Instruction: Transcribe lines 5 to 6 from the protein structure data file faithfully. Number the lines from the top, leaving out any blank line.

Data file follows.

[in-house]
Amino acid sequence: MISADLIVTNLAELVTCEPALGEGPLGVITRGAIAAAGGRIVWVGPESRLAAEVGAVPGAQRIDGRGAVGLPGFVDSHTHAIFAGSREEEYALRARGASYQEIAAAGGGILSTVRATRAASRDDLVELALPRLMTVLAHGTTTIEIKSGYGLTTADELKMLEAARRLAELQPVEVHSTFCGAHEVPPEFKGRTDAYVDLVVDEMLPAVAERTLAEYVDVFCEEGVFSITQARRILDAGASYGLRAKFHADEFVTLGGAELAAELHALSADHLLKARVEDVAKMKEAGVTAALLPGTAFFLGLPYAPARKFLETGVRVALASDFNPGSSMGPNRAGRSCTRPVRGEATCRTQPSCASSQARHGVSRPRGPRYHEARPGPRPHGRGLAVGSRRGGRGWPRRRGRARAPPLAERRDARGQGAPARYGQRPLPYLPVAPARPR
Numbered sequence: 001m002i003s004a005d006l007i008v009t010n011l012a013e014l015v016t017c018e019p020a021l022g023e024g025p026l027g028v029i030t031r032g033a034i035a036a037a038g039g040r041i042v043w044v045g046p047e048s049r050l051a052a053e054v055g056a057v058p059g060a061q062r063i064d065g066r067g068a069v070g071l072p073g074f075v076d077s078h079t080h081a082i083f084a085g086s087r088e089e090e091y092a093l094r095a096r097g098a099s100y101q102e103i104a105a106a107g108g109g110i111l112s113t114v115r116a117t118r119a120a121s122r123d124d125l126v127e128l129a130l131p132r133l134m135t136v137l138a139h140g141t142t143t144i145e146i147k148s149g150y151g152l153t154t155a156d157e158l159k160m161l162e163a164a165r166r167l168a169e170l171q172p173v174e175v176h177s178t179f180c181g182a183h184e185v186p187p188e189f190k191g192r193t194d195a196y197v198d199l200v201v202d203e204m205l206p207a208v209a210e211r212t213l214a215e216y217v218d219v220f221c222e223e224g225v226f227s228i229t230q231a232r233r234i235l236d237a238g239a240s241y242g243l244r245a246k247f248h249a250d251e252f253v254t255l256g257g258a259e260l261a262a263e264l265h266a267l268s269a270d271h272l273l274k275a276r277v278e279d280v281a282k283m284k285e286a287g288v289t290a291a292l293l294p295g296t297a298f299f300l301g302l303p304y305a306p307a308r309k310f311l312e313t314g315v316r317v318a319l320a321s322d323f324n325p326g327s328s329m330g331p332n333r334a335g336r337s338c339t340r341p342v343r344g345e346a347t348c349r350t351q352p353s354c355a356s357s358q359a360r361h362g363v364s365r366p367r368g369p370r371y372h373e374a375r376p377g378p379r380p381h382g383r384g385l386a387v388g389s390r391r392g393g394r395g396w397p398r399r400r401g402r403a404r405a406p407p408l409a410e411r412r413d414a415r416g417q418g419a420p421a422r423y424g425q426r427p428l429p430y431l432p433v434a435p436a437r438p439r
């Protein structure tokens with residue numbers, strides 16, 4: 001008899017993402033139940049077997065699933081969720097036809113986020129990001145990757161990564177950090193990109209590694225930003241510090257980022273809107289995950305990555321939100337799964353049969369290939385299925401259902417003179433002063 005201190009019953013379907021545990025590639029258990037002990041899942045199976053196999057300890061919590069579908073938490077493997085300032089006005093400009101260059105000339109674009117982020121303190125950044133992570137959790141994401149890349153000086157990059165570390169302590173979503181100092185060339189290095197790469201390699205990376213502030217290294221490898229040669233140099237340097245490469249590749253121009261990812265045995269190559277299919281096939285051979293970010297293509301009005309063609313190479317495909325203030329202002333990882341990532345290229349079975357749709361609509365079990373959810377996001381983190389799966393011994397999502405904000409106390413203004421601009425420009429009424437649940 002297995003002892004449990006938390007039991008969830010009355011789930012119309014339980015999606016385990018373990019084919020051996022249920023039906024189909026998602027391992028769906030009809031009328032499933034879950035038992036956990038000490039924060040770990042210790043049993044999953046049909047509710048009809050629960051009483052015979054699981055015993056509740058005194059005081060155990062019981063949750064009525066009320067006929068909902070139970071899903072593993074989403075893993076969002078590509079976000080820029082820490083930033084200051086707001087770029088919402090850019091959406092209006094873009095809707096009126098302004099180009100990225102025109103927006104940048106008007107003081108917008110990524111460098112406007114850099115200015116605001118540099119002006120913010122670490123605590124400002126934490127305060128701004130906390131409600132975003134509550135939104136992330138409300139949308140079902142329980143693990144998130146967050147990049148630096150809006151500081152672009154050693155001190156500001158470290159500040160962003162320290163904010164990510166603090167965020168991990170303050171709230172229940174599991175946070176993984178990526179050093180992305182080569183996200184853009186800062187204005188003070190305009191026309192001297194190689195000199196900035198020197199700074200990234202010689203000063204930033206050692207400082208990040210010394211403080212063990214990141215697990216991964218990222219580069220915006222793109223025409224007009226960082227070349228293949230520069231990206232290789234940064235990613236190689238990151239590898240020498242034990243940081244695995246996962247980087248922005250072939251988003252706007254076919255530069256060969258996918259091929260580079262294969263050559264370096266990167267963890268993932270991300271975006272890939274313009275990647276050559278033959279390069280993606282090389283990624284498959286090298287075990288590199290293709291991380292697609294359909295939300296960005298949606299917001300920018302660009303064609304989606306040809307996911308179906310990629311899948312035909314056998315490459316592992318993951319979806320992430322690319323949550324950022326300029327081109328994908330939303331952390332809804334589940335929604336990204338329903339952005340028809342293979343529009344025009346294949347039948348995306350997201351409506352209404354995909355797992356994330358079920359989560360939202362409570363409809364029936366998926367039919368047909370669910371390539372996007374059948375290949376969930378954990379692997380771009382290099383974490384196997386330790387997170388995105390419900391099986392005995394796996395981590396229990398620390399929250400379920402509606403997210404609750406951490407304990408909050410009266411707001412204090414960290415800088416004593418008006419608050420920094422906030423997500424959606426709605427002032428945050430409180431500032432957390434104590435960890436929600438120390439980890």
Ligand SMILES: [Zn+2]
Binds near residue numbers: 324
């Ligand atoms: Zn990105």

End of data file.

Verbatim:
Ligand SMILES: [Zn+2]
Binds near residue numbers: 324